Associated Press Writer
WASHINGTON (AP) -- Federal regulators want to give one of the country's largest cable television companies a little flexibility in return for keeping rates low and making system improvements.
The plan, still subject to final approval, could be a model for resolving thousands of rate complaints, Federal Communications Commission officials said Monday.
Worked out between cable television regulators and Continental Cablevision, the nation's third largest cable company, the plan would resolve hundreds of pending rate disputes and would refund $9.5 million to more than 2 million people in 16 states, said Meredith Jones, chief of the FCC's Cable Services Bureau.
The refunds would go to subscribers of the most basic tiers and those above it, called expanded basic. These tiers include a variety of cable networks, such as USA, MTV, ESPN and TNT.
Continental would agree not to appeal the FCC's rate decision.
``This will save the FCC countless hours and means that rates will come into compliance much sooner and bring relief to customers faster,'' Jones said.
Cable rate regulation took effect for the first time in September 1993, and the FCC is still working to resolve consumer rate complaints.
Meanwhile, Congress is considering deregulating rates.
In new ammunition against that effort, the Consumer Federation of America unveiled the results of a survey Monday, saying that more than two-thirds of 675 cable subscribers polled support regulation of cable rates. Twenty-two percent said they didn't and 11 percent said they didn't know.
In addition, the poll said that 41 percent consider their rates too high, 24 percent much too high and 32 percent about right. The poll was conducted by Princeton, N.J.,-based Opinion Research Corp. through phone interviews the week of March 16. The margin of error is plus or minus three percentage points, said Bradley Stillman, the federation's legislative director.
Responding to the survey, the National Cable Television Association said the industry is sensitive to pricing and customer service issues because of strong new competition that is emerging from telephone companies and other services.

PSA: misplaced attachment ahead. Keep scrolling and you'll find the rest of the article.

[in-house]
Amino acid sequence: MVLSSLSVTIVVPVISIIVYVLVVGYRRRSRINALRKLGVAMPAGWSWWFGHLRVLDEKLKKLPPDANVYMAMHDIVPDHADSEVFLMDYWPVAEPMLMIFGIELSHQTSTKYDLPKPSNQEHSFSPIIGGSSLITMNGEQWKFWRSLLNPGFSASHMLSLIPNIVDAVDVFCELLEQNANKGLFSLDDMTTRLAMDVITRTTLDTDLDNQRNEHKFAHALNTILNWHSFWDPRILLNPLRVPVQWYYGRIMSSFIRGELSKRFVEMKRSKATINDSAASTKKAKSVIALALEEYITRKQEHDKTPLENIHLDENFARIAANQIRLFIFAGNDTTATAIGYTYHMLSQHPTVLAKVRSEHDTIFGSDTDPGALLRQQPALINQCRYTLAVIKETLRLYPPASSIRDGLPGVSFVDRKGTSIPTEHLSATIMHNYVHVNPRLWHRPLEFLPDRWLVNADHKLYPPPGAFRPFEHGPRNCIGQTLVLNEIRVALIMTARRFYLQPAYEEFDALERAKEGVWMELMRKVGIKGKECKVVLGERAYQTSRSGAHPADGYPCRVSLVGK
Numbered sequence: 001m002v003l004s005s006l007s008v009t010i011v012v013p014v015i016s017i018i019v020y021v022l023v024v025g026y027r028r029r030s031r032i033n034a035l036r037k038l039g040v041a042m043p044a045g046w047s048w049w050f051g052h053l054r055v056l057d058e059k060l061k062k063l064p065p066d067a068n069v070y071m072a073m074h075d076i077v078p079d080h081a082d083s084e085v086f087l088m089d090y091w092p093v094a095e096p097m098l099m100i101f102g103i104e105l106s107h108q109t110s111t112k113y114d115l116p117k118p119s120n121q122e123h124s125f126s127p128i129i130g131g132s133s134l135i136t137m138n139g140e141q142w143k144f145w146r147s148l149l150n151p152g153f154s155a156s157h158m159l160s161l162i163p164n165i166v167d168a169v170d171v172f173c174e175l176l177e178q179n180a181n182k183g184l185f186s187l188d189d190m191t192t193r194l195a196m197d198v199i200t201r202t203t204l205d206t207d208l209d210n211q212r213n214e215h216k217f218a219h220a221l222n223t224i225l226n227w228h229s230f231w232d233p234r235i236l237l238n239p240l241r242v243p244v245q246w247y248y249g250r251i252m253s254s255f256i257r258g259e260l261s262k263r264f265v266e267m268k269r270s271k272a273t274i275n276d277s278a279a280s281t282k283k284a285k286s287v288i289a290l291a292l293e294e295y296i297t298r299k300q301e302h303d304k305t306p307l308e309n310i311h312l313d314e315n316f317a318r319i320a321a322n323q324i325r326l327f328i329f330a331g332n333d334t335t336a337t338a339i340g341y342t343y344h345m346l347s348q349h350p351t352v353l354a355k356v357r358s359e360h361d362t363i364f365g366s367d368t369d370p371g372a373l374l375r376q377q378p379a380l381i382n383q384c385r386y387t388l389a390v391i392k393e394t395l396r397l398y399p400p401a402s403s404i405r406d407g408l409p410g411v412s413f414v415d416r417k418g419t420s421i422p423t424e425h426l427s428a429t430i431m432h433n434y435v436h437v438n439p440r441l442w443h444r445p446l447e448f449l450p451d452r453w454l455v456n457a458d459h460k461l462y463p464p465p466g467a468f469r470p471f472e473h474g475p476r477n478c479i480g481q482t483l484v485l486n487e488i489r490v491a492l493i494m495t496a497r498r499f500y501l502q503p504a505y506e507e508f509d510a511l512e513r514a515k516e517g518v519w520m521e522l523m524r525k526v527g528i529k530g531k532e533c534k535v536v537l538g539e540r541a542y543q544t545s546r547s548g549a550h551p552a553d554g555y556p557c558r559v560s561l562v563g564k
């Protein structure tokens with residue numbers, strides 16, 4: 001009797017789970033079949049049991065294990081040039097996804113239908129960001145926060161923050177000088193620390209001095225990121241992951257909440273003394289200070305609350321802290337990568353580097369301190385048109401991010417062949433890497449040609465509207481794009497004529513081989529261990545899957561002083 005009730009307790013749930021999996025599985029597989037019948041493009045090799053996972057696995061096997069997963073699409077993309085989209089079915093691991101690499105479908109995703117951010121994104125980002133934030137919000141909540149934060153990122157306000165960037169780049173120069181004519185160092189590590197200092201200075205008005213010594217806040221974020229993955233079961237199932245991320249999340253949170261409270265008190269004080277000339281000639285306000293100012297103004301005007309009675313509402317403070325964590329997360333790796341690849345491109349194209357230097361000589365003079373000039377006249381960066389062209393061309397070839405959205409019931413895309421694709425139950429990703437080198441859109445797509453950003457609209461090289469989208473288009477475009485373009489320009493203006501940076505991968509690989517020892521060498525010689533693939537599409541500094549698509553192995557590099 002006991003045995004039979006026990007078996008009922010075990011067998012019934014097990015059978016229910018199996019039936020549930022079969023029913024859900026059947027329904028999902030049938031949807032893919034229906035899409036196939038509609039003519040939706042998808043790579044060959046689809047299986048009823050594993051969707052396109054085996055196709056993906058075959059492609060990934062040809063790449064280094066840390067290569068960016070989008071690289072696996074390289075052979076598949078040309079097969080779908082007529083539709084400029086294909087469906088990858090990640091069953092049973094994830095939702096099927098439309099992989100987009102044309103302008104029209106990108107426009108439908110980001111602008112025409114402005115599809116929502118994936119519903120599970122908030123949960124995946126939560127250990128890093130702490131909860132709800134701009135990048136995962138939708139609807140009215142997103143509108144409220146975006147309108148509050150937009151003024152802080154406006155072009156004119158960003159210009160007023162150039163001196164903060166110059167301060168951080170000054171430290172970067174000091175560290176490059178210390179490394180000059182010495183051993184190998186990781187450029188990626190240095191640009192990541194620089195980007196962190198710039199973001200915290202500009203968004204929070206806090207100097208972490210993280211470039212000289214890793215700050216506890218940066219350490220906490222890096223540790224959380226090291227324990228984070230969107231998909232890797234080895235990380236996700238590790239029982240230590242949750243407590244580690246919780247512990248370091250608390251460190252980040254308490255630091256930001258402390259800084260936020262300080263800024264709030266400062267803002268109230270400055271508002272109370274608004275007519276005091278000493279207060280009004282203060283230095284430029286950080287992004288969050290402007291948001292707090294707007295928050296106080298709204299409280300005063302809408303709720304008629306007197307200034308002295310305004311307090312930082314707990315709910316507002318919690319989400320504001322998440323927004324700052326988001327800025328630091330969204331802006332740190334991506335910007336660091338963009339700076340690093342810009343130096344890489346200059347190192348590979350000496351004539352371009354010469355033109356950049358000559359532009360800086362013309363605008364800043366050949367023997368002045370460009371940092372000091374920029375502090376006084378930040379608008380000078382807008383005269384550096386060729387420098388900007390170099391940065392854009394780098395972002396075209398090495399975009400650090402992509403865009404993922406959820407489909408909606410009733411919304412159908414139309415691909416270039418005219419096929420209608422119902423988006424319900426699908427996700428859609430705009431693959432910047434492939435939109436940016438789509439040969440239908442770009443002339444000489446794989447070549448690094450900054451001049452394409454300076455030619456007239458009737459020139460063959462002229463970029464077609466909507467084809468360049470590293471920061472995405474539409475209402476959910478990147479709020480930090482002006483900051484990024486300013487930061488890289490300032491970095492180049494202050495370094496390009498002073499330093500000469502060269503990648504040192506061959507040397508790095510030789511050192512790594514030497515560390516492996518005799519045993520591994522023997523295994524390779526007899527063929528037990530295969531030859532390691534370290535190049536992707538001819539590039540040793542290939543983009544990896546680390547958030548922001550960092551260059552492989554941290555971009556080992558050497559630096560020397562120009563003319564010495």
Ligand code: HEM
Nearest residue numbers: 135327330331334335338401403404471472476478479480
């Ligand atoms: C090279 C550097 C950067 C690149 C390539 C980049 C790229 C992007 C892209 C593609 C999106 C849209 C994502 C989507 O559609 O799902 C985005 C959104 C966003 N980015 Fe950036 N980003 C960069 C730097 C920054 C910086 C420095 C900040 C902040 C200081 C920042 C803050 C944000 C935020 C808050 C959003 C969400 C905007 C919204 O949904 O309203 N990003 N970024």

``It's those competitive forces that will protect consumers, far better than regulation,'' the association said.
Under the FCC rate proposal, Continental also agreed to create a basic level of service priced at 15 percent below the FCC's regulated levels for all its systems.
And the company agreed to invest $1.35 billion over the next six years to upgrade its systems.
In return, Continental gets a little more freedom to reconfigure and price its service, Jones said.
For instance, Continental would be permitted to take four channels out of existing regulated service and put them into an unregulated tier with new program services. However, the company would have to charge the same rate for those channels that were moved. In addition, the FCC is giving Continental more leeway in pricing when it adds channels to a regulated tier.
Nothing in the proposal would bar a customer from challenging future rate increases, Jones said.
As long as that's the case, the proposal would have the support of the consumer federation, Stillman said.
Continental Chairman Amos Hostetter called the proposal a ``win, win, win for consumers, regulatory authorities and Continental.''
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